During the spring of 1947, the art teacher at Lawndale school in Kenmore inspired her seventh-grade students to paint a mural about the Akron rubber industry.
The students painted several scenes, including a rubber tree tapper, a chemist in a laboratory and workers molding an automobile tire.
They used tempura paints blues, rusts and creams on a canvas stretched about 10 feet high and 8 feet wide that still hangs in the top-floor stairwell.
A Beacon Journal photographer took a picture of the students and their teacher, Virginia Goson, when the mural was near completion.
On Tuesday afternoon, Goson and three of those boys, now 77-year-old retirees, returned to Lawndale to look at the mural and recall how it was made. When they attended, Lawndale included grades one through eight.
Two of them, Guy Thrams and David Robinson, are seated at the base of the ladder in the photo. They ended up going to different high schools and hadn't seen each other since eighth grade until the reunion Tuesday.
Another student, Jim Dorton, is standing by the teacher, who is seated, in the photo.
''Hey, Jim, was I a good teacher?'' Goson asked Tuesday.
''Oh, yes. I had a crush on you,'' Dorton said.
Former Akron school board member Sam Salem brought them all together after learning about the art teacher and her students at a recent all-class Kenmore High School reunion.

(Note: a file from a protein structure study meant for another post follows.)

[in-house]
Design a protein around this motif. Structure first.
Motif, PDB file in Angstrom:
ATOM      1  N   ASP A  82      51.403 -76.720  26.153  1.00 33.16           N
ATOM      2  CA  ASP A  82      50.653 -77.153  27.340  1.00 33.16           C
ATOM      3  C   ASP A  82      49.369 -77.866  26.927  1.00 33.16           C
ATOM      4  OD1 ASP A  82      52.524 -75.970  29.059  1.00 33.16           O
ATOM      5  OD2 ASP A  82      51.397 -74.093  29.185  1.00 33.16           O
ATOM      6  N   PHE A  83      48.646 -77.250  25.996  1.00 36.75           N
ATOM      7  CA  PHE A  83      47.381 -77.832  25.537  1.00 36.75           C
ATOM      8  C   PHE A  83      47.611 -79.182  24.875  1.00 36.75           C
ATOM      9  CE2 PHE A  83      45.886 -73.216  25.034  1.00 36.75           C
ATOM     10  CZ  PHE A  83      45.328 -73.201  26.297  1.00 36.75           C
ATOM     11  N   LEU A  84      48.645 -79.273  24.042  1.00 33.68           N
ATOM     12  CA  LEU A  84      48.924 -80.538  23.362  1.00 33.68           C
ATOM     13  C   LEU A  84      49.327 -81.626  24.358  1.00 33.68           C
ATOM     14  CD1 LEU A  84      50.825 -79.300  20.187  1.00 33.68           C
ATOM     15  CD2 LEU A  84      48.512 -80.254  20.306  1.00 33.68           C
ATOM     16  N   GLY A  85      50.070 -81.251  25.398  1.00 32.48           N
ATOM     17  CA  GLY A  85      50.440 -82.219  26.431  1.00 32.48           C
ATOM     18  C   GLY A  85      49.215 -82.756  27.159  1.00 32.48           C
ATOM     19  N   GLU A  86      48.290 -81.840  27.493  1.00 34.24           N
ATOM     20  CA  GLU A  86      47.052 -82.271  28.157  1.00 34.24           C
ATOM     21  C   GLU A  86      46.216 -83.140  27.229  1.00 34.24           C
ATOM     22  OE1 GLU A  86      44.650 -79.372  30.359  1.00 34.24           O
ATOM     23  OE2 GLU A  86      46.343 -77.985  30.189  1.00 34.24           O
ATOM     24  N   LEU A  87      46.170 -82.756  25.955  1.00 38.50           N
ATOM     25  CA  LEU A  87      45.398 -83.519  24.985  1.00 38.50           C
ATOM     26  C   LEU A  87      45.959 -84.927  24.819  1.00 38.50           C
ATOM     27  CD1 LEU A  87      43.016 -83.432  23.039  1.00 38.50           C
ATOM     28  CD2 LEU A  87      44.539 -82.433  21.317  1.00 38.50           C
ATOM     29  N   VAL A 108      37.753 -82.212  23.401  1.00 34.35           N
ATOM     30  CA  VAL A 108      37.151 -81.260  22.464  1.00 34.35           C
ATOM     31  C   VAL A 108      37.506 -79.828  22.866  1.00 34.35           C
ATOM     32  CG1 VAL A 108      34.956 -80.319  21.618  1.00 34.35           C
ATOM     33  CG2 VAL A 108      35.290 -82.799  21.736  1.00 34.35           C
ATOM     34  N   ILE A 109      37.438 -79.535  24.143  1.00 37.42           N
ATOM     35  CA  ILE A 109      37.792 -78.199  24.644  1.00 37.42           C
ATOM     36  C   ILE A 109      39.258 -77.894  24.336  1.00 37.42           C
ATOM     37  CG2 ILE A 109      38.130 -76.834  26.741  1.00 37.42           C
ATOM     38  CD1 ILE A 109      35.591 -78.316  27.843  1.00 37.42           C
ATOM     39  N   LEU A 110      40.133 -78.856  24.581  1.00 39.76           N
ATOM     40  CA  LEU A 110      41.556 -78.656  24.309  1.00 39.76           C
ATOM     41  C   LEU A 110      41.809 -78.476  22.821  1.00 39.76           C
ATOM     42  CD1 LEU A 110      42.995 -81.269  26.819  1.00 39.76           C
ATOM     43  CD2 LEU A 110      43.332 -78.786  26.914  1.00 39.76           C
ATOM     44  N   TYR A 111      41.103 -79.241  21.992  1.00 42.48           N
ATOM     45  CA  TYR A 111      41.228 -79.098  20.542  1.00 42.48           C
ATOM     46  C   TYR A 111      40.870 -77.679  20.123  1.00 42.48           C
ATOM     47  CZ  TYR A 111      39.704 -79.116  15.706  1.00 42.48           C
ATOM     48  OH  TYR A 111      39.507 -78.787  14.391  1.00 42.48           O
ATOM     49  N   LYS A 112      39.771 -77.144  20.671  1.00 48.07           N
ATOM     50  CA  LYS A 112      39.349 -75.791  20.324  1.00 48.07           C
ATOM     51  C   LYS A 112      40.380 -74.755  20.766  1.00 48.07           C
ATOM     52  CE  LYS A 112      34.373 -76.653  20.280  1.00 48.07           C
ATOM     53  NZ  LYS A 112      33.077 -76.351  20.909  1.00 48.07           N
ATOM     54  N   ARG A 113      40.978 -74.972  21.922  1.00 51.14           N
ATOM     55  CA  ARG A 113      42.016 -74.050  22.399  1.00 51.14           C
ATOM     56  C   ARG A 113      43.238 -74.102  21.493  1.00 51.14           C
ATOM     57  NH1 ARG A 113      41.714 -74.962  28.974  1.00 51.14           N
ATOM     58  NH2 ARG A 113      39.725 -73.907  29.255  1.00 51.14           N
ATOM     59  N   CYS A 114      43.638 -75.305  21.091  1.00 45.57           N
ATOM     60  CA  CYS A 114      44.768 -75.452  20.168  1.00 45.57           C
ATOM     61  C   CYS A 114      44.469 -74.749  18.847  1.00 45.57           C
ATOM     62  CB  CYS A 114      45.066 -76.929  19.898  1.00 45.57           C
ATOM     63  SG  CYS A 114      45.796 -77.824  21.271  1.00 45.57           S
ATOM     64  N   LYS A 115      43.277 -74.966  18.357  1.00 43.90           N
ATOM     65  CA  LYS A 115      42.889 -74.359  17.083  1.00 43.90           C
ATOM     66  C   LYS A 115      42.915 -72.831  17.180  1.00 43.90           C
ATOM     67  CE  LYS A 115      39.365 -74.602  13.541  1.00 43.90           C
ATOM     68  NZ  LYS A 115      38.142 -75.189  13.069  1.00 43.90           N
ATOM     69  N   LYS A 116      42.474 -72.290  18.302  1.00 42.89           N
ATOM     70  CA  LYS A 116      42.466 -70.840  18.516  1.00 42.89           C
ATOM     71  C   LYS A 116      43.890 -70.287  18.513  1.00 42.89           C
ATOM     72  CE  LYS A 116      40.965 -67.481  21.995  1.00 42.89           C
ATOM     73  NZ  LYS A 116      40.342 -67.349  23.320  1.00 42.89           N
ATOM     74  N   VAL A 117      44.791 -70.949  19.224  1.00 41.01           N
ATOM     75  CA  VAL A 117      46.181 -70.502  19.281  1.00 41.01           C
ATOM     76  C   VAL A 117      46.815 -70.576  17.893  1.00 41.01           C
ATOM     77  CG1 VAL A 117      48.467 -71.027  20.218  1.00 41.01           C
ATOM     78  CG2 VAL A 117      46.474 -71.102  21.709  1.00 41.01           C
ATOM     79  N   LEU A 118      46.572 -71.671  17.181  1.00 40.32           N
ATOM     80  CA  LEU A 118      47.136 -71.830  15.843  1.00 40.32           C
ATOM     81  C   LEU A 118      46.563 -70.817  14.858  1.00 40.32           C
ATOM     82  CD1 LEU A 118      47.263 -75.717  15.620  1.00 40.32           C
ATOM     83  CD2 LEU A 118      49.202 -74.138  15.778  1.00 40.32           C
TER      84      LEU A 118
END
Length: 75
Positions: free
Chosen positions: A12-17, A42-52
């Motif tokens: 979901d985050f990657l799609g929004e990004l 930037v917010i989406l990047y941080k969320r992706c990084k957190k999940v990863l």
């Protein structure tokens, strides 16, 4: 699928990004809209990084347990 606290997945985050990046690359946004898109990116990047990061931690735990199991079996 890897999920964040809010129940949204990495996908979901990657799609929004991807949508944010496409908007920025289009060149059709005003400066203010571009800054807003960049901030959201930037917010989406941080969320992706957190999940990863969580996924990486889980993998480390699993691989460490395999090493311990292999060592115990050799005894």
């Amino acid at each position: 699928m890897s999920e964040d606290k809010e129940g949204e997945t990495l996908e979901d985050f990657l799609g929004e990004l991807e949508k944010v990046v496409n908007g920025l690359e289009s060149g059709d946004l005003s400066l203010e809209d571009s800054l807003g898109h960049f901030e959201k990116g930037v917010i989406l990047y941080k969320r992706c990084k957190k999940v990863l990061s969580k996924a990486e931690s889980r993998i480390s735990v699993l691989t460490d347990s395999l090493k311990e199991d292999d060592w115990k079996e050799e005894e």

Salem managed to track down all of the students in the Beacon Journal photo. John Reffner, shown at the top of the ladder in the photo, lives in Connecticut. Don Holliday lives in Colorado. So does Grace Prats Gillings, the girl they remember helping to design the background, though she wasn't in the photo. Hubert Schaneman died last month.
Dorton and Schaneman went on to careers with Goodyear Tire & Rubber Co. and B.F. Goodrich, respectively. Reffner became a professor at the University of Connecticut, according to Salem's research. Holliday started his own specialty metal business in California. Dorton and Prats Gillings both became school teachers.
Goson wouldn't reveal her age, but she retired from teaching art in 1973.
She couldn't recall the exact assignment that got her class in the newspaper back then.
''It was about the time of the war, and we wanted to do something about Akron,'' she said. ''And I let the boys just go. I was their teacher. I just let them go and paint.''
John Higgins can be reached at 330-996-3792 or firstname.lastname@example.org. Read the education blog at http://education.ohio.com/.